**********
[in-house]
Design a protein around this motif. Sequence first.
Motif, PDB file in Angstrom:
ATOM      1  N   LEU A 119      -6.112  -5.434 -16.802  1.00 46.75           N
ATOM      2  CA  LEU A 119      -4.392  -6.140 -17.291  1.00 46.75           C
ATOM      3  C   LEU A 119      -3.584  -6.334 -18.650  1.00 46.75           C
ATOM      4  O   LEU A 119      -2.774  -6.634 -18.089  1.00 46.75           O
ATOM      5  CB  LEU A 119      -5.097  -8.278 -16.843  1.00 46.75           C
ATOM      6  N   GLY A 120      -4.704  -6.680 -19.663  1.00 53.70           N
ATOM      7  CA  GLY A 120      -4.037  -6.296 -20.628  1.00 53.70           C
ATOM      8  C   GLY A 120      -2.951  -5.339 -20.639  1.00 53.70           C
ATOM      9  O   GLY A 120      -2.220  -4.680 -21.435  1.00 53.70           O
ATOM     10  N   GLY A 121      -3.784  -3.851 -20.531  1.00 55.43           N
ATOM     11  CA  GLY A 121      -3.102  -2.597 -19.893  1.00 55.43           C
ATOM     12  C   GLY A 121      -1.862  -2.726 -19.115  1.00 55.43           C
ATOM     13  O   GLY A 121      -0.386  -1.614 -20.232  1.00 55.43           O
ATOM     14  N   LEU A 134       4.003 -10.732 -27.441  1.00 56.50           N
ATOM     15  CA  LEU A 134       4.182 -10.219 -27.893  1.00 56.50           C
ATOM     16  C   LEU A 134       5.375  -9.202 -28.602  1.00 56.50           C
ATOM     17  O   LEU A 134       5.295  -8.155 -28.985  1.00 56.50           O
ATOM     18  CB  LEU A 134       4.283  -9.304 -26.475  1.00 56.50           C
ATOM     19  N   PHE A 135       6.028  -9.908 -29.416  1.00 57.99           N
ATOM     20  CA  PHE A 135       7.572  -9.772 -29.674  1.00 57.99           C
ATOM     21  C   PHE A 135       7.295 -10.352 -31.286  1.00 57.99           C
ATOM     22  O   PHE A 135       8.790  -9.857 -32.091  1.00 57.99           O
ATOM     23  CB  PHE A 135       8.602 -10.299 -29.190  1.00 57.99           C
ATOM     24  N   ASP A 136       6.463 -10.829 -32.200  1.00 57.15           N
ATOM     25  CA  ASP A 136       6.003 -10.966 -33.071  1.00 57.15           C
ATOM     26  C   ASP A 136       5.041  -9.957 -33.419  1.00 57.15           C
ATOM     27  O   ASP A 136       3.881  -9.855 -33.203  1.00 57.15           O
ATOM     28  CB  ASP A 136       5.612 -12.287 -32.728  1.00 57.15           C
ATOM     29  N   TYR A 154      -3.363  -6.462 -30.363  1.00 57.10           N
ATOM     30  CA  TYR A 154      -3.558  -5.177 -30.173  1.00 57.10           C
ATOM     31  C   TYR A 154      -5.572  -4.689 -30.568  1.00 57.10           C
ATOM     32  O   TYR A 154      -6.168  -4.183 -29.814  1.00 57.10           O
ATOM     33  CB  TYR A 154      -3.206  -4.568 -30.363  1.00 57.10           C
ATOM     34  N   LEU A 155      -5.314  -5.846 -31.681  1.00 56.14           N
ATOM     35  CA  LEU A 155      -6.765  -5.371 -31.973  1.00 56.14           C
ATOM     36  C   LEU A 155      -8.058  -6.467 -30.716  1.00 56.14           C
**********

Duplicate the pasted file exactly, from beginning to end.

[in-house]
Design a protein around this motif. Sequence first.
Motif, PDB file in Angstrom:
ATOM      1  N   LEU A 119      -6.112  -5.434 -16.802  1.00 46.75           N
ATOM      2  CA  LEU A 119      -4.392  -6.140 -17.291  1.00 46.75           C
ATOM      3  C   LEU A 119      -3.584  -6.334 -18.650  1.00 46.75           C
ATOM      4  O   LEU A 119      -2.774  -6.634 -18.089  1.00 46.75           O
ATOM      5  CB  LEU A 119      -5.097  -8.278 -16.843  1.00 46.75           C
ATOM      6  N   GLY A 120      -4.704  -6.680 -19.663  1.00 53.70           N
ATOM      7  CA  GLY A 120      -4.037  -6.296 -20.628  1.00 53.70           C
ATOM      8  C   GLY A 120      -2.951  -5.339 -20.639  1.00 53.70           C
ATOM      9  O   GLY A 120      -2.220  -4.680 -21.435  1.00 53.70           O
ATOM     10  N   GLY A 121      -3.784  -3.851 -20.531  1.00 55.43           N
ATOM     11  CA  GLY A 121      -3.102  -2.597 -19.893  1.00 55.43           C
ATOM     12  C   GLY A 121      -1.862  -2.726 -19.115  1.00 55.43           C
ATOM     13  O   GLY A 121      -0.386  -1.614 -20.232  1.00 55.43           O
ATOM     14  N   LEU A 134       4.003 -10.732 -27.441  1.00 56.50           N
ATOM     15  CA  LEU A 134       4.182 -10.219 -27.893  1.00 56.50           C
ATOM     16  C   LEU A 134       5.375  -9.202 -28.602  1.00 56.50           C
ATOM     17  O   LEU A 134       5.295  -8.155 -28.985  1.00 56.50           O
ATOM     18  CB  LEU A 134       4.283  -9.304 -26.475  1.00 56.50           C
ATOM     19  N   PHE A 135       6.028  -9.908 -29.416  1.00 57.99           N
ATOM     20  CA  PHE A 135       7.572  -9.772 -29.674  1.00 57.99           C
ATOM     21  C   PHE A 135       7.295 -10.352 -31.286  1.00 57.99           C
ATOM     22  O   PHE A 135       8.790  -9.857 -32.091  1.00 57.99           O
ATOM     23  CB  PHE A 135       8.602 -10.299 -29.190  1.00 57.99           C
ATOM     24  N   ASP A 136       6.463 -10.829 -32.200  1.00 57.15           N
ATOM     25  CA  ASP A 136       6.003 -10.966 -33.071  1.00 57.15           C
ATOM     26  C   ASP A 136       5.041  -9.957 -33.419  1.00 57.15           C
ATOM     27  O   ASP A 136       3.881  -9.855 -33.203  1.00 57.15           O
ATOM     28  CB  ASP A 136       5.612 -12.287 -32.728  1.00 57.15           C
ATOM     29  N   TYR A 154      -3.363  -6.462 -30.363  1.00 57.10           N
ATOM     30  CA  TYR A 154      -3.558  -5.177 -30.173  1.00 57.10           C
ATOM     31  C   TYR A 154      -5.572  -4.689 -30.568  1.00 57.10           C
ATOM     32  O   TYR A 154      -6.168  -4.183 -29.814  1.00 57.10           O
ATOM     33  CB  TYR A 154      -3.206  -4.568 -30.363  1.00 57.10           C
ATOM     34  N   LEU A 155      -5.314  -5.846 -31.681  1.00 56.14           N
ATOM     35  CA  LEU A 155      -6.765  -5.371 -31.973  1.00 56.14           C
ATOM     36  C   LEU A 155      -8.058  -6.467 -30.716  1.00 56.14           C